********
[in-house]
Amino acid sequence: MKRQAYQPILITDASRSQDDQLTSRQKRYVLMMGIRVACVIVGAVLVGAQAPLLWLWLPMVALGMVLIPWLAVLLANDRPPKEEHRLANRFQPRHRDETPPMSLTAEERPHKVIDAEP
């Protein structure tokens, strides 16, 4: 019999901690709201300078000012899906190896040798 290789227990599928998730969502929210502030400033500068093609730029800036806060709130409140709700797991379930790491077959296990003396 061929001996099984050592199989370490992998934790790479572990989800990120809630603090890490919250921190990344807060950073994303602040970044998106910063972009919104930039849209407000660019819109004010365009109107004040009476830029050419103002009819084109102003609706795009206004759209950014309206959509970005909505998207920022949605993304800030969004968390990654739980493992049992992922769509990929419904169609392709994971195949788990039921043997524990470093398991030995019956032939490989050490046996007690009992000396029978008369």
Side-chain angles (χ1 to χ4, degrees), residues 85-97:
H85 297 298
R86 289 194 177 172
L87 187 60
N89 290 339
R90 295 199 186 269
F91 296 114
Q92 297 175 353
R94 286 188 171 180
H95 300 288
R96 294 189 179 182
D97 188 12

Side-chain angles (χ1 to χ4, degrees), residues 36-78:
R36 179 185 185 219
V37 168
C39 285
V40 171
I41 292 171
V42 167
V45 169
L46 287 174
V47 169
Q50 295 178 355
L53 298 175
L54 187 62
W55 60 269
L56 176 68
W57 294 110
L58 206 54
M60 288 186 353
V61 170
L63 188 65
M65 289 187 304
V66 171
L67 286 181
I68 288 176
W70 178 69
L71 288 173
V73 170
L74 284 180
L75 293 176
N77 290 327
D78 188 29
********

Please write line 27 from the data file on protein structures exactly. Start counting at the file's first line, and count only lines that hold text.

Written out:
L53 298 175